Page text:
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Predicting the response of wheat (Triticum aestivum L.) to liquid and granular phosphorus fertilisers in Australian soils

T. M. McBeath A H , M. J. McLaughlin A B , R. D. Armstrong C , M. Bell D , M. D. A. Bolland E , M. K. Conyers F , R. E. Holloway G and S. D. Mason A
+ Author Affiliations
- Author Affiliations

A Soil and Land Systems, School of Earth and Environmental Sciences, University of Adelaide, PMB 1, Waite Campus, Glen Osmond, SA 5064, Australia.

B CSIRO Land and Water, PMB 2, Glen Osmond, SA 5064, Australia.

C Department of Primary Industries, PMB 260, Horsham, Vic. 3400, Australia.

D Queensland Department of Primary Industries and Fisheries, PO Box 23, Kingaroy, Qld, 4610, Australia.

E Department of Agriculture and Food, PO Box 1231, Bunbury, WA 6231, Australia.

F EH Graham Centre for Agricultural Innovation, Pine Gully Road, Wagga Wagga, NSW 2650, Australia.

G ARRIS, PO Box 23 Highgate, SA 5063, Australia.

H Corresponding author. Email:

Australian Journal of Soil Research 45(6) 448-458
Submitted: 11 April 2007  Accepted: 27 August 2007   Published: 20 September 2007


Liquid forms of phosphorus (P) have been shown to be more effective than granular P for promoting cereal growth in alkaline soils with high levels of free calcium carbonate on Eyre Peninsula, South Australia. However, the advantage of liquid over granular P forms of fertiliser has not been fully investigated across the wide range of soils used for grain production in Australia.

A glasshouse pot experiment tested if liquid P fertilisers were more effective for growing spring wheat (Triticum aestivum L.) than granular P (monoammonium phosphate) in 28 soils from all over Australia with soil pH (H2O) ranging from 5.2 to 8.9. Application of liquid P resulted in greater shoot biomass, as measured after 4 weeks’ growth (mid to late tillering, Feeks growth stage 2–3), than granular P in 3 of the acidic to neutral soils and in 3 alkaline soils. Shoot dry matter responses of spring wheat to applied liquid or granular P were related to soil properties to determine if any of the properties predicted superior yield responses to liquid P. The calcium carbonate content of soil was the only soil property that significantly contributed to predicting when liquid P was more effective than granular P.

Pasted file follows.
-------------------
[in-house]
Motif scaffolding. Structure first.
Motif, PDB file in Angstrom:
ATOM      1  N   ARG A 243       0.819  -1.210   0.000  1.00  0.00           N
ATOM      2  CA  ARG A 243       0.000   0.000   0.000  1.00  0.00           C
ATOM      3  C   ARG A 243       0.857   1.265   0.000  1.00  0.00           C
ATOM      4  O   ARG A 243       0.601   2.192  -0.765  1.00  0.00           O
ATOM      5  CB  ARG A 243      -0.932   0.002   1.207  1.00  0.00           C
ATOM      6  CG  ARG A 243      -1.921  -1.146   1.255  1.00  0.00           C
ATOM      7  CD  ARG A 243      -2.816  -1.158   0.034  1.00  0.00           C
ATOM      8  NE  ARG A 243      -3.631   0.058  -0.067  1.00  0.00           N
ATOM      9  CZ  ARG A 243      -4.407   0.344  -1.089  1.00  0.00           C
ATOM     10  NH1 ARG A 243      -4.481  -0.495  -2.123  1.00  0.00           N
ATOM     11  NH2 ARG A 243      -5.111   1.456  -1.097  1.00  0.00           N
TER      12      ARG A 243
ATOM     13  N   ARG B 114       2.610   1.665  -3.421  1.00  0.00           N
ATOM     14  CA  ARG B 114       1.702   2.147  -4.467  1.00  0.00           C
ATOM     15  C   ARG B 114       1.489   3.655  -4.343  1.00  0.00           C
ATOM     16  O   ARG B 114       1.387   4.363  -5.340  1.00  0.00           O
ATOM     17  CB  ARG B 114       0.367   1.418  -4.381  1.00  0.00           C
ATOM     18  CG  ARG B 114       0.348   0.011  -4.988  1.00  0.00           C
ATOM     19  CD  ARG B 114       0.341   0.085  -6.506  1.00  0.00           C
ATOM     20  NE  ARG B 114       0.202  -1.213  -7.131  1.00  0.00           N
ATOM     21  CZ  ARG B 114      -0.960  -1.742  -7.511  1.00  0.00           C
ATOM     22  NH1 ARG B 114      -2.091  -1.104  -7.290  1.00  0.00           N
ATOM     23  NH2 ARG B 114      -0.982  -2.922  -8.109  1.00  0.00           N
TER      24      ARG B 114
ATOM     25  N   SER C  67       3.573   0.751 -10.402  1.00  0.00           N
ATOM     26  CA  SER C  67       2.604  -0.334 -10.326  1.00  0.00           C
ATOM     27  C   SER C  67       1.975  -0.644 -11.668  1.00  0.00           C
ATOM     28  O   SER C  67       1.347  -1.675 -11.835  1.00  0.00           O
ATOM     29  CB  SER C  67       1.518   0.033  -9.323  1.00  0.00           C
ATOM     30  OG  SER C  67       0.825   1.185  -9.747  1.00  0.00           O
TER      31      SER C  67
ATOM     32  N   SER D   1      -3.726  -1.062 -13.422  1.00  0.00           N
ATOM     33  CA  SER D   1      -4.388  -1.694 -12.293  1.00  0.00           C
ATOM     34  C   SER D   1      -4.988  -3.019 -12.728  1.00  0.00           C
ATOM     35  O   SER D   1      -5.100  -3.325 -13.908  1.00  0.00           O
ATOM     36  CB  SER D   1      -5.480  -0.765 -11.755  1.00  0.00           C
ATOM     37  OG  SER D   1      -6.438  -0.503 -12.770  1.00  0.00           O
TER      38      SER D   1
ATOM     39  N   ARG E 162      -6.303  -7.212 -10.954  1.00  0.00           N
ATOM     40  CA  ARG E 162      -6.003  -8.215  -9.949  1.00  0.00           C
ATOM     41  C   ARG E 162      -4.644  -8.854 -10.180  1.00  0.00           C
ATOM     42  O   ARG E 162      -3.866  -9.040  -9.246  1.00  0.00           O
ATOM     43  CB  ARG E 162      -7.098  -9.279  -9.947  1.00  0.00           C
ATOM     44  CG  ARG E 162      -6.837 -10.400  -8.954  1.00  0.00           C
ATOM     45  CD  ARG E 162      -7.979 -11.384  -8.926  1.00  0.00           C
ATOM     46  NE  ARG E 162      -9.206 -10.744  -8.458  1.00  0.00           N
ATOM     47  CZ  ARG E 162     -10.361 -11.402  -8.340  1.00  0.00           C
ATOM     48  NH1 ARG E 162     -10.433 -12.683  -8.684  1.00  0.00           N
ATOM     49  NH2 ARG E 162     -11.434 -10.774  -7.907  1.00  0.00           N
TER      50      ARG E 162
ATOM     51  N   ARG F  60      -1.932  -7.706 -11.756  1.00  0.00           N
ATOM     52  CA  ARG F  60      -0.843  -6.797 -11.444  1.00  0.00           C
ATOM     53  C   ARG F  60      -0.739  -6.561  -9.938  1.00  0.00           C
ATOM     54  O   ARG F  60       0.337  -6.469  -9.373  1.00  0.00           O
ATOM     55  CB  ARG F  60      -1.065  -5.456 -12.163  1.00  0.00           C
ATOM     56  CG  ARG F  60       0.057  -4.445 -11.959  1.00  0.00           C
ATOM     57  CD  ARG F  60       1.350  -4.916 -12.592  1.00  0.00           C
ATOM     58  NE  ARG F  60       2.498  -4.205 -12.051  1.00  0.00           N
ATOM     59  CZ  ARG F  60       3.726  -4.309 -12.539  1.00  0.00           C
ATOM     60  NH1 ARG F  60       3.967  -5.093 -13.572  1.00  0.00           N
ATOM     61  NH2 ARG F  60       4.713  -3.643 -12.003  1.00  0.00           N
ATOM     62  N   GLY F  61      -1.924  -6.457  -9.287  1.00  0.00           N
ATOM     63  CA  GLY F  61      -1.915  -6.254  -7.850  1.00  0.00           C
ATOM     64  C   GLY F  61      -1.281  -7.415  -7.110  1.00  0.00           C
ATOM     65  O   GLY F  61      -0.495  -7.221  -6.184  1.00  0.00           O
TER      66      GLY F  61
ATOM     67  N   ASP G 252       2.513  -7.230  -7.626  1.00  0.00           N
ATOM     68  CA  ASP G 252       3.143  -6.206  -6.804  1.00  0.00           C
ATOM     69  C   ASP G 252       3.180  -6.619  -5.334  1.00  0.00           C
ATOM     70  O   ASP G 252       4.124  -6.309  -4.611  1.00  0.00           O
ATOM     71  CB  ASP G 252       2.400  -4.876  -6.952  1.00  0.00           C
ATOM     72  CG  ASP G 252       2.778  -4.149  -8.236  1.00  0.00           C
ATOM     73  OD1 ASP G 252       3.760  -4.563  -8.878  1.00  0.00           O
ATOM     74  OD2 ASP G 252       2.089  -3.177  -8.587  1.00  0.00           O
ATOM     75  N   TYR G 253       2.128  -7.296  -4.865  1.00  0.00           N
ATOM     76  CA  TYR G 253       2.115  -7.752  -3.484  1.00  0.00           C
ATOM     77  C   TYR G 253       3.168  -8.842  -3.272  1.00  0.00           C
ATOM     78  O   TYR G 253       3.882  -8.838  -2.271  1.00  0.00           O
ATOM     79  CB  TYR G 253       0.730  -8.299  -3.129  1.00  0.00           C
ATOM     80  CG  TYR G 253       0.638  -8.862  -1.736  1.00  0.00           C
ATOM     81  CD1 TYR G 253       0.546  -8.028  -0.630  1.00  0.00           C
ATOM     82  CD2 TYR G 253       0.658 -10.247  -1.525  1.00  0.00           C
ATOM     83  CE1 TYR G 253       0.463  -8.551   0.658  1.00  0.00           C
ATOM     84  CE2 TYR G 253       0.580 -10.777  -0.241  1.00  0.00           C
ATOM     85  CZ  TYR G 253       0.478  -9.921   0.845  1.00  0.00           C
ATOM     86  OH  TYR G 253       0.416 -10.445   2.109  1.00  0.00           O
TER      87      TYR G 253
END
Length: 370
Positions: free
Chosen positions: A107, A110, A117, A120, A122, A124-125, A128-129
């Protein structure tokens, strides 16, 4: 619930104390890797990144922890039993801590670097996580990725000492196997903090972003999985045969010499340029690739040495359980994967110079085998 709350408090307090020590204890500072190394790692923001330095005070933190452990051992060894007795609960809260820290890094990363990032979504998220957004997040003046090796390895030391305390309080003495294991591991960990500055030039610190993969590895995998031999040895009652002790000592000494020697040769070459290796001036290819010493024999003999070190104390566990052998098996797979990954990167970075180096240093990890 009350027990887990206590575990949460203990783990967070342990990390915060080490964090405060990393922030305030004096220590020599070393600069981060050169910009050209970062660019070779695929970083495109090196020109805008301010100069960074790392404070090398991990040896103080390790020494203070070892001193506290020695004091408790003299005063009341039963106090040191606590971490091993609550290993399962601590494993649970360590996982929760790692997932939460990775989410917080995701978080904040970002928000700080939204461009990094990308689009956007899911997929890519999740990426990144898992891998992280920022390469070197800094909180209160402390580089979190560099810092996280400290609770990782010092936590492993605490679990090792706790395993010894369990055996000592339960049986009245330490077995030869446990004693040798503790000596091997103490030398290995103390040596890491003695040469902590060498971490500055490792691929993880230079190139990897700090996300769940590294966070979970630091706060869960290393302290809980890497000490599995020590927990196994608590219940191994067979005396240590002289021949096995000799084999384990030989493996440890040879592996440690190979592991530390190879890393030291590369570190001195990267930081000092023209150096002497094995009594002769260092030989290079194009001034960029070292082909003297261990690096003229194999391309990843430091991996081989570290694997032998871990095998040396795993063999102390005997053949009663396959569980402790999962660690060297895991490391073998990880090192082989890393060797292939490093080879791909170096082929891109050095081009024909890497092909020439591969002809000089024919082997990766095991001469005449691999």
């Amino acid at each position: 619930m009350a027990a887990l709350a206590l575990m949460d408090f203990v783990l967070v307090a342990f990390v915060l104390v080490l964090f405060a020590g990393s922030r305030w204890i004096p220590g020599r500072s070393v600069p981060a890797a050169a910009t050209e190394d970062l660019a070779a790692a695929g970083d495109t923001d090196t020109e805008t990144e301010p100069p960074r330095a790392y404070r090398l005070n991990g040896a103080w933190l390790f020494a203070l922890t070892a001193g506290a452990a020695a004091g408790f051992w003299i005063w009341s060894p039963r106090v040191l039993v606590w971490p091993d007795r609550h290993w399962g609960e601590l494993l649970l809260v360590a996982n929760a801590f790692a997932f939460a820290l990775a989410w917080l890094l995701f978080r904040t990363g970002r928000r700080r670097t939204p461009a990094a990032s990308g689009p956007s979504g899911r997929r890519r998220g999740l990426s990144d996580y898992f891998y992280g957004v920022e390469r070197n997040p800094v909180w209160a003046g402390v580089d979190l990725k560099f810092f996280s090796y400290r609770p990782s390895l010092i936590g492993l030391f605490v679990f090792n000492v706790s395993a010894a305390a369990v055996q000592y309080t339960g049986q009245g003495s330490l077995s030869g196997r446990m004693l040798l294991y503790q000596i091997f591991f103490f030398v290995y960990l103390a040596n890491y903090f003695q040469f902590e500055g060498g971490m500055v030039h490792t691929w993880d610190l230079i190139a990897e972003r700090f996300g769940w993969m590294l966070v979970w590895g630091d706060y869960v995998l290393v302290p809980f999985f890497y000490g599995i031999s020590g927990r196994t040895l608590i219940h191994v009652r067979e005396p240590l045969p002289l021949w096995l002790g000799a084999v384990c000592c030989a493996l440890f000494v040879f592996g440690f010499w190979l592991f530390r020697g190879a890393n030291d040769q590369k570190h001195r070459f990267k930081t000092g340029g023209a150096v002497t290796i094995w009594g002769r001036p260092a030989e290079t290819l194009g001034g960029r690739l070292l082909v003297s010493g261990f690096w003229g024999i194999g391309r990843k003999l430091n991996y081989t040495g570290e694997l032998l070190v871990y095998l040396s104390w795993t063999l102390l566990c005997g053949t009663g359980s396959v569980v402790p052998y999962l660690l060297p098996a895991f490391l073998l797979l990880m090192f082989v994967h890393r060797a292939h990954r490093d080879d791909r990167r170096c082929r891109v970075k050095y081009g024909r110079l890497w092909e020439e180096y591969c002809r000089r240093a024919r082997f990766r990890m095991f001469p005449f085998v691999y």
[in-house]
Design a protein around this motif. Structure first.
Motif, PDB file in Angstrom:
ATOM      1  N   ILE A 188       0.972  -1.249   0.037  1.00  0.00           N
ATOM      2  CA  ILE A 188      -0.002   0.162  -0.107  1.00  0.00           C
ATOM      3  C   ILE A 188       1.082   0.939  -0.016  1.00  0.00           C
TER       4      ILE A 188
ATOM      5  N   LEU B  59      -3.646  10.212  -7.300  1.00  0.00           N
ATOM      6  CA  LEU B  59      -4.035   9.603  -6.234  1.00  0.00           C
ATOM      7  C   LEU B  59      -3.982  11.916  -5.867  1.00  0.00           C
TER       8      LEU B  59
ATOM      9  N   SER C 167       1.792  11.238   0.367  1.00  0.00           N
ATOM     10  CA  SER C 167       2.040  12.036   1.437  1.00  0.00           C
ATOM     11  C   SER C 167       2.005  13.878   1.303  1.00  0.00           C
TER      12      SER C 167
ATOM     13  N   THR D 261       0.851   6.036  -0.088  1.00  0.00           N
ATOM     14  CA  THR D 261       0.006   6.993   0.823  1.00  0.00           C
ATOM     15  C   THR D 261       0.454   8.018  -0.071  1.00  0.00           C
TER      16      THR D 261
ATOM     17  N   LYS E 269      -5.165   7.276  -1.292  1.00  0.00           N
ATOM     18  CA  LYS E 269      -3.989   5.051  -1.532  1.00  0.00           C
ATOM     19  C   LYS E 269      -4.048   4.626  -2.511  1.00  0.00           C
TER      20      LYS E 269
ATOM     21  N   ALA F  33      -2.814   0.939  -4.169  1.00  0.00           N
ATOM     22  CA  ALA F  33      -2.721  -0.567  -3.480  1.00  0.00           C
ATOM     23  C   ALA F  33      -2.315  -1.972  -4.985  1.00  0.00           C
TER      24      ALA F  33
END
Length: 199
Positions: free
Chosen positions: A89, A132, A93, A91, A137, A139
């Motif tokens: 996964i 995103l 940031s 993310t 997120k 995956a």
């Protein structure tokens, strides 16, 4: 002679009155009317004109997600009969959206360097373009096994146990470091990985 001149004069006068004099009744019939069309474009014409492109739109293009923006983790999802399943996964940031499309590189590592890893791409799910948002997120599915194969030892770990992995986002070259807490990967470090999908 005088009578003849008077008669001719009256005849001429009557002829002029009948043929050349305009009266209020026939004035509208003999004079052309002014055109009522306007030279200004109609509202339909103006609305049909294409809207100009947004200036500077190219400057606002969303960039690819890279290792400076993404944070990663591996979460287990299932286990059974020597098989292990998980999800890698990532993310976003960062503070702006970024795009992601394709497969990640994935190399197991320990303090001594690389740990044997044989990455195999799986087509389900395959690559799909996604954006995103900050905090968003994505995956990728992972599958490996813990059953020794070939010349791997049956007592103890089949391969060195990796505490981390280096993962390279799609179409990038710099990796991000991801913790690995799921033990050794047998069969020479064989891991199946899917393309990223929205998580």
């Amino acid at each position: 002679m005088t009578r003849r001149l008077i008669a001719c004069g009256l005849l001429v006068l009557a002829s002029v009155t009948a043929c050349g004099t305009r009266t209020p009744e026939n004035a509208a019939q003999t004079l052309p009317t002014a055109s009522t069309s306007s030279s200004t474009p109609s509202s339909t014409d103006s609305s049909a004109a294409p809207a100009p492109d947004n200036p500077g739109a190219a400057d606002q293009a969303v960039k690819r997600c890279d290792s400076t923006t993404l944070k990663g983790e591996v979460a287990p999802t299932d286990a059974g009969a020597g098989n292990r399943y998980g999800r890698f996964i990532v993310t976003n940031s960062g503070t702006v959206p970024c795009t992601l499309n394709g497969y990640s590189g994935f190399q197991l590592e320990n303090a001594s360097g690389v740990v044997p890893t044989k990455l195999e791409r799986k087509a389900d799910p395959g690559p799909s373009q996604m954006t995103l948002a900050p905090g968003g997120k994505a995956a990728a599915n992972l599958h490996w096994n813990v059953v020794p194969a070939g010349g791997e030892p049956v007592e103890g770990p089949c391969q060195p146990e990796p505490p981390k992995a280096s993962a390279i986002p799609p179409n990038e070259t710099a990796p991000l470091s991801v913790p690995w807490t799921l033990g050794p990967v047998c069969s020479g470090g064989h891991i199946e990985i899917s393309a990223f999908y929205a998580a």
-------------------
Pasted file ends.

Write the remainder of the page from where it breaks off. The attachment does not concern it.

Five soil P test procedures (Bray, Colwell, resin, isotopically exchangeable P, and diffusive gradients in thin films (DGT)) were assessed to determine their ability to measure soil test P on subsamples of soil collected before the experiment started. These soil test values were then related to the dry matter shoot yields to assess their ability to predict wheat yield responses to P applied as liquid or granular P. All 5 soil test procedures provided a reasonable prediction of dry matter responses to applied P as either liquid or granular P, with the resin P test having a slightly greater predictive capacity on the range of soils tested.

The findings of this investigation suggest that liquid P fertilisers do have some potential applications in non-calcareous soils and confirm current recommendations for use of liquid P fertiliser to grow cereal crops in highly calcareous soils. Soil P testing procedures require local calibration for response to the P source that is going to be used to amend P deficiency.

Additional keyword: fluid fertilisers.


The support of the Grains Research and Development Corporation (UA0081) is gratefully acknowledged. Caroline Johnston, Mike Williams, George Pollard, Anna McBeath, and Graeme Schwenke provided technical assistance.


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